Medicaid prescription drug policies: antipsychotic medications  

"A medication that works well for one person with schizophrenia often doesn’t work well for another. Genetic variations are thought to play a key role in this difference in response. While patients search for the right medications, their illnesses may worsen."

-The National Institute of Mental Health, Jan. 2008 

Psychiatric medications and vulnerable populations

Psychiatric medications play an important role in recovery for many youth and adults who live with mental health disorders. Psychiatric medications include several medication classes, including antipsychotics, antidepressants, antianxiety medications, mood stabilizers and anticonvulsants and stimulant and nonstimulant medications to treat ADHD. 

Finding the most helpful and well-tolerated medications and doses can take multiple trials because effectiveness and side effects vary significantly for every individual. Medication tolerance and continuation are often key to successful management of mental illness.

Why is open access important? 

Treatment adherence 

Nonadherence to treatment is a significant problem for people who live with serious mental illness.

The CATIE study reported that nearly three-quarters of individuals in the trials  stopped  taking their antipsychotic medications.

There are multiple reasons for treatment nonadherence of psychiatric medications, including intolerable side effects, lack of effectiveness, alleviation of symptoms resulting in an individual feeling that she or he does not need medications any more, lack of insight into one's illness-a clinical phenomena known as anosognosia-and personal perceptions. Due to the very nature of mental illness, an individual's willingness to take one medication or another may not be predictable. For this reason, open access is important in optimizing treatment adherence.

Positive outcomes 

While many psychiatric medications may exhibit similar overall rates of effectiveness, individuals have unique reactions to psychiatric medications.

According to NIMH, a medication that works well for one individual with schizophrenia often doesn't  work well for another. 

Because individuals who live with serious mental illness vary in their symptoms, medical histories, co-occurring health and substance use conditions and responsiveness, access to a full array of medication choices is vital for successful treatment.

What’s wrong with preferred drug lists and prior authorization? 

Unintended consequences of barriers to access 

Preferred drug lists and prior authorization requirements impose barriers for vulnerable Medicaid enrollees, many of whom have experienced failed treatment for mental illness. In addition, many individuals experience significant functional impairment as a result of the mental illness or co-occurring disorder that may impair insight into treatment needs and result in challenges in navigating system barriers.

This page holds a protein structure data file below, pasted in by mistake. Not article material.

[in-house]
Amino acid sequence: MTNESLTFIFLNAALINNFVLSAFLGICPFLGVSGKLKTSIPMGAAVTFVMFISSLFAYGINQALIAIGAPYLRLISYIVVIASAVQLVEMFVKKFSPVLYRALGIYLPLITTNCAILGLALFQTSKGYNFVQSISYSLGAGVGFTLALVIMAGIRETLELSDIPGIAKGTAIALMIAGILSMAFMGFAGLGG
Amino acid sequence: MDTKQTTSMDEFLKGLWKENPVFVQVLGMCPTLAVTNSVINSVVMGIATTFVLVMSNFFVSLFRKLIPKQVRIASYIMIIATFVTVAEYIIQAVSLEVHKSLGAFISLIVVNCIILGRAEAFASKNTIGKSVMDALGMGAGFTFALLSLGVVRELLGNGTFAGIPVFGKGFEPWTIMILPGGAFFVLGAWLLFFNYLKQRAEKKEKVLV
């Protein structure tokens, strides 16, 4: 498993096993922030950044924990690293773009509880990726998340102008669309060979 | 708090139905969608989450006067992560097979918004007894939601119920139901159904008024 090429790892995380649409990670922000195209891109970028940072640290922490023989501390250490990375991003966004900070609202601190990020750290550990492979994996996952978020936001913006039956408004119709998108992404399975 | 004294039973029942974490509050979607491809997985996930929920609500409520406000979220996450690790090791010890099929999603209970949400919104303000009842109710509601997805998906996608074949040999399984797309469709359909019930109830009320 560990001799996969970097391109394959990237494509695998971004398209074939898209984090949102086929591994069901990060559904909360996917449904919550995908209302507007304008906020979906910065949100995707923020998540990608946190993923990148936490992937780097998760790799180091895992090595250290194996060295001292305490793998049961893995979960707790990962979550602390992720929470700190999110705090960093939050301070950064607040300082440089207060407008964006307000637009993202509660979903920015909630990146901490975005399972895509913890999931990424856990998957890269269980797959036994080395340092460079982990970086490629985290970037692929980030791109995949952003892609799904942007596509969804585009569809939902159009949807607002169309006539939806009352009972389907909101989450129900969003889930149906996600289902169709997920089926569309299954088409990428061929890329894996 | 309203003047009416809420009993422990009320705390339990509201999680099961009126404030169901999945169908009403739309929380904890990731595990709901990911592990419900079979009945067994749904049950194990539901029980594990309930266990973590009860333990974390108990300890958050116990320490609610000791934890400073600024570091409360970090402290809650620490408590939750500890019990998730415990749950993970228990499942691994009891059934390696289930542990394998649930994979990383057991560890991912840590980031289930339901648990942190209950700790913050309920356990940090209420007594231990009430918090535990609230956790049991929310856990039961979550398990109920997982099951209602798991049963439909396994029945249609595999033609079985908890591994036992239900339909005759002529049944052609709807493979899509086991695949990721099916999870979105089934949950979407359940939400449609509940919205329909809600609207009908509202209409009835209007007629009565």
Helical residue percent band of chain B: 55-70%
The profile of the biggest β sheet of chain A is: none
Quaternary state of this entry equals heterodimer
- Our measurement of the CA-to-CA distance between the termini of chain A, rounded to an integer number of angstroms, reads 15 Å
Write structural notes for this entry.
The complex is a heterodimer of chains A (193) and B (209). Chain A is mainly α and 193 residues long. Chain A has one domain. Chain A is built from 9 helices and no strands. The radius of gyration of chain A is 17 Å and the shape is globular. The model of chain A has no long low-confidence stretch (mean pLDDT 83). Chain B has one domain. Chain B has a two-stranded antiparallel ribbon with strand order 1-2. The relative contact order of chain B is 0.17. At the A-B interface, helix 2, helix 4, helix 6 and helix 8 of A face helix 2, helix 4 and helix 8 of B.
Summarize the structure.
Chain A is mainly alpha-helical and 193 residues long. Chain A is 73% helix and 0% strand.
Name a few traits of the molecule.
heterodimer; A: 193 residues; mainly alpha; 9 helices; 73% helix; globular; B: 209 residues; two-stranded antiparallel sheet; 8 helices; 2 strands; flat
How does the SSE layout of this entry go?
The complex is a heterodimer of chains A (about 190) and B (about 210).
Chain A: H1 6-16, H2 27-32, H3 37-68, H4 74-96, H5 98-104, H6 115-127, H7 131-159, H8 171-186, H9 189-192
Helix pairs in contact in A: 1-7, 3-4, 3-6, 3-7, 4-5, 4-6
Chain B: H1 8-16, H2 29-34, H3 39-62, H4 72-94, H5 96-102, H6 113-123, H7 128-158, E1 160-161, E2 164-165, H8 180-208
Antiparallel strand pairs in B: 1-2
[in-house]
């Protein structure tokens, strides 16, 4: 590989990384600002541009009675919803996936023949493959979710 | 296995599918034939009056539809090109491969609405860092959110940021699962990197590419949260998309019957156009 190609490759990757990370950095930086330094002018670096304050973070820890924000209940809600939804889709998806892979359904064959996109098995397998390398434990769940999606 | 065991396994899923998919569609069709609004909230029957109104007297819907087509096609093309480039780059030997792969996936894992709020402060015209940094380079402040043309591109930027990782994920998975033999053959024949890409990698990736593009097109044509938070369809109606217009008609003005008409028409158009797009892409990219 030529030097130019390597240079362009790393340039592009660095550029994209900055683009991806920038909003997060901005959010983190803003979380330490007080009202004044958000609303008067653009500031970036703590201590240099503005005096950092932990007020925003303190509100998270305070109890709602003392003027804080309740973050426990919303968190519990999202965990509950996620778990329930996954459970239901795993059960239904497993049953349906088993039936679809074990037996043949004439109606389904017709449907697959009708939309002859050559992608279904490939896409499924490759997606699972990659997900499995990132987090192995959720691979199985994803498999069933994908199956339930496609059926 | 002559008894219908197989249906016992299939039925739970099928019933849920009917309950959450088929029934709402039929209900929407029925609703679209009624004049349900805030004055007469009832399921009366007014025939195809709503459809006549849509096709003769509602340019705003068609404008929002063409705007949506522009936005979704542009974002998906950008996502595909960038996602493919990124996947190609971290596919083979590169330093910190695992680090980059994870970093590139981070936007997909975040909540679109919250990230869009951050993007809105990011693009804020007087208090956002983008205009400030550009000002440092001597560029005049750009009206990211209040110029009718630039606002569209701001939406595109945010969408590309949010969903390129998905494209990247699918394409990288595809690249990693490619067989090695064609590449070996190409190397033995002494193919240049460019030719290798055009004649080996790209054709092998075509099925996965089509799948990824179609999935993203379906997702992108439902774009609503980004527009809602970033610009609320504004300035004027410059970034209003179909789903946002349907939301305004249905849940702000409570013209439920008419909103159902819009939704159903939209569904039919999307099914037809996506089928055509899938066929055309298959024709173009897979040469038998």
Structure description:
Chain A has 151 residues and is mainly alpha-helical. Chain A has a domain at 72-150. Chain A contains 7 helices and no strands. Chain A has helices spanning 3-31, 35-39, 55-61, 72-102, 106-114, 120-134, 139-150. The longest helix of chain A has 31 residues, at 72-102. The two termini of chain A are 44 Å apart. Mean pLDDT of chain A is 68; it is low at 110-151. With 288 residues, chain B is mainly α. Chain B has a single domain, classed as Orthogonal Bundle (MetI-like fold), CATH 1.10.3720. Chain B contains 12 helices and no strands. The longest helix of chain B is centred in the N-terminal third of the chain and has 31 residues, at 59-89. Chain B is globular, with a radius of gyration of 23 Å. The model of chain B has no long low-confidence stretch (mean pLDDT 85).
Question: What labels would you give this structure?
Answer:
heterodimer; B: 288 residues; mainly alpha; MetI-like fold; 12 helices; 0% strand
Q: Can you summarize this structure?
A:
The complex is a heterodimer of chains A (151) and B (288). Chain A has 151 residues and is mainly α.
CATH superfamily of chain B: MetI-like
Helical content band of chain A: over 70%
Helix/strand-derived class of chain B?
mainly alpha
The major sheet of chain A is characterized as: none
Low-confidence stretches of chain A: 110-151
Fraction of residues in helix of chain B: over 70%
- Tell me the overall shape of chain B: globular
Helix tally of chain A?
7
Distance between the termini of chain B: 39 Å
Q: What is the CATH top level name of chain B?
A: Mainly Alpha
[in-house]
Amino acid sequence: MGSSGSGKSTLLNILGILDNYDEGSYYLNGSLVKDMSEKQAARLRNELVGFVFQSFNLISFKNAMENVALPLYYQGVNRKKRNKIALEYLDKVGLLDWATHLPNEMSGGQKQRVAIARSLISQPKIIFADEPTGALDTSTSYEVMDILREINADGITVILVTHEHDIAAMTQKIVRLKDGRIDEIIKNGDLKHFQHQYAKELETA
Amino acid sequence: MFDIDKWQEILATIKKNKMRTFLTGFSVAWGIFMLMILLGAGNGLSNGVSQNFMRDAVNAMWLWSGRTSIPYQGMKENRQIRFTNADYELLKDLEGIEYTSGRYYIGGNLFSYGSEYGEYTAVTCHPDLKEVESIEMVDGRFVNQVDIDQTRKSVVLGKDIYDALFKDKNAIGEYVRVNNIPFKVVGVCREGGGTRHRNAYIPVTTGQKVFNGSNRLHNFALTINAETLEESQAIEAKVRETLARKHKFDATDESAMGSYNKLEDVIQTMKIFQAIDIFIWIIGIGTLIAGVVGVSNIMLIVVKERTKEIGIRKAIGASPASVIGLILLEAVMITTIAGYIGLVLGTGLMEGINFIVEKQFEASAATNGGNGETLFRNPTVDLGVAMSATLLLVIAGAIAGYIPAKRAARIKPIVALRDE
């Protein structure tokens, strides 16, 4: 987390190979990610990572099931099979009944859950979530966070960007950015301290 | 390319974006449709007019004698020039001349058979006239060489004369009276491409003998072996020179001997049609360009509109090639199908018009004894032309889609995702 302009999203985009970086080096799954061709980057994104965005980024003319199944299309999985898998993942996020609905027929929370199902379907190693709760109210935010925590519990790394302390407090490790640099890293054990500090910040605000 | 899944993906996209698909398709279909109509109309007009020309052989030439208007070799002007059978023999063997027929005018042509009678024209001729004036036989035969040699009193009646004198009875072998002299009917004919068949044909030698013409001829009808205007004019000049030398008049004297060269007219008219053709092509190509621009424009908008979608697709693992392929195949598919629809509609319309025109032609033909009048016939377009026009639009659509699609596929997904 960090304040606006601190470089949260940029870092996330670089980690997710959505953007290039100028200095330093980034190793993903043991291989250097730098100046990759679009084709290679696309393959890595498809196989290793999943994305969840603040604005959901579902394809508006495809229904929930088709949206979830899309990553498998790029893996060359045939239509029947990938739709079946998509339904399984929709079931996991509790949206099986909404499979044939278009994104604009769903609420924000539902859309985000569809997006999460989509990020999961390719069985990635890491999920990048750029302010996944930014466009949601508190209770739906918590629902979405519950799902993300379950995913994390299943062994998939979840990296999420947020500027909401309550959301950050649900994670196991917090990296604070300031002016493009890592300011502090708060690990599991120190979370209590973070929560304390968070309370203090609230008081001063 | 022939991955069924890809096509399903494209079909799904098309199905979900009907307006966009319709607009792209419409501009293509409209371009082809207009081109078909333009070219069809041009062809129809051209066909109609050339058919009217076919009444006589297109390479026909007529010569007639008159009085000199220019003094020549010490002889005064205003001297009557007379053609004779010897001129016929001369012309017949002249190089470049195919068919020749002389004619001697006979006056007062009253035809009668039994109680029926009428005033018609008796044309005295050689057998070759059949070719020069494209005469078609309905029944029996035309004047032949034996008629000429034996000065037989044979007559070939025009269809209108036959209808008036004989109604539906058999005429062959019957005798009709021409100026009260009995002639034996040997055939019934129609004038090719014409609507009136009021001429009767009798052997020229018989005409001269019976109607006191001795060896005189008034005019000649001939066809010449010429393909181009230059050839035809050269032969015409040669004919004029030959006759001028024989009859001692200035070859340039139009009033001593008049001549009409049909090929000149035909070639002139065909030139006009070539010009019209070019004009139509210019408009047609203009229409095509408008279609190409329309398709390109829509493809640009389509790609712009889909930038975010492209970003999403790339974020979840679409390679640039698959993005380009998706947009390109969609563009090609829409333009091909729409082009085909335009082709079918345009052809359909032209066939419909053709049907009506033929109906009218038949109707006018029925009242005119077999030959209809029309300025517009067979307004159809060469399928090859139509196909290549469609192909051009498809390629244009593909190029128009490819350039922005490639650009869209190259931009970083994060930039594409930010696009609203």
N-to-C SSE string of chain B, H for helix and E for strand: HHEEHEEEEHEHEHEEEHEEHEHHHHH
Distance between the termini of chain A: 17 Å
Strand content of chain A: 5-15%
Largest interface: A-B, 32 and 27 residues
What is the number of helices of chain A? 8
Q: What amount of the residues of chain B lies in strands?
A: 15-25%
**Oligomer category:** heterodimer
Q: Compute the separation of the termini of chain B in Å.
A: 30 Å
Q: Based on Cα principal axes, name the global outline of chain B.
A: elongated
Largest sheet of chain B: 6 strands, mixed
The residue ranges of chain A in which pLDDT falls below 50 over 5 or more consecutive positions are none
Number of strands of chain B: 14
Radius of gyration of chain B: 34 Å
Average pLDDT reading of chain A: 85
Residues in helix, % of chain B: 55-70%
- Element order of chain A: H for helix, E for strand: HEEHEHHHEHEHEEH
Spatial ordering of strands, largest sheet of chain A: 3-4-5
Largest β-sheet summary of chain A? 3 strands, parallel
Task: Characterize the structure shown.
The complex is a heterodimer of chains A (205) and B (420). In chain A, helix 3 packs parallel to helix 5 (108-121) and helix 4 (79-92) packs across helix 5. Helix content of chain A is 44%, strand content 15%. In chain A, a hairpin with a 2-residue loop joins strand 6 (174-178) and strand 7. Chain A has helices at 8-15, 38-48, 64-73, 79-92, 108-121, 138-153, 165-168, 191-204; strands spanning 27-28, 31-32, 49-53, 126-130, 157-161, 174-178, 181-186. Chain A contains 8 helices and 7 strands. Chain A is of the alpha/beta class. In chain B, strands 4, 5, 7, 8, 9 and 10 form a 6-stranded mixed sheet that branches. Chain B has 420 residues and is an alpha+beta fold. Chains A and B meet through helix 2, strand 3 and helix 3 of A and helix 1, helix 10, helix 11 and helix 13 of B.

Erecting barriers to accessing the right medication has the potential for devastating consequences for persons living with serious mental illness.

A 10-state study of Medicaid prescription drug policies revealed that use of preferred drug lists was associated with 5.4 times higher odds of medication access problems, including inability to get refills or new prescriptions, discontinuing or temporarily stopping a medication and being prescribed a medication that was not clinically preferred. Use of prior authorization was associated with 7.8 times higher odds of a medication access problem.

With the high stakes involved for persons living with mental illness, preferred drug lists, prior authorization and other utilization management techniques pose substantial risks for the very populations Medicaid is intended to serve.

What patient protections are needed when access is restricted? 

Shared clinical decision making 

To maximize good outcomes, the NASMHPD Medical Directors Council recommends promoting shared decision making. Decisions about past clinical response or clinical necessity for a nonpreferred medication should take into account past treatment history, other medical conditions, potential drug interactions,  side effects, tolerability and patient preferences, among other important clinical factors and should be made by the individual living with mental illness and his or her doctor.

Independent assessment of outcomes

Research suggests that preferred drug lists and restrictive prior authorization and utilization management practices result in negative outcomes for individuals who live with mental illness. Any restrictions in coverage of antipsychotics in preferred drug lists must include relevant data collection and independent assessment evaluating the effect on individual outcomes.

Continuity of care

Individuals who have responded to a medication in the past or are currently responding to a medication  must be able to continue to receive that medication  with no barriers such as increased  cost-sharing  or prior authorization.  "Grandfathering" provisions are essential to reduce relapse and support critical continuity of care.

Responsive, user-friendly and flexible processes

Prior authorization procedures or processes can present significant, even overwhelming, challenges for individuals who are living with mental illness and co-occurring disorders. The NASMHPD Medical Directors Council emphasizes that any prior authorization processes must be simple, responsive, user-friendly, timely and flexible. Performance  measures  must be developed  for ensuring rapid responses,  ease of prescriber use, temporary medication  supplies, simple exemption  and appeals processes  and other criteria that impact how individuals  living with mental illness and health care professionals experience  prescription  drug utilization management  policies.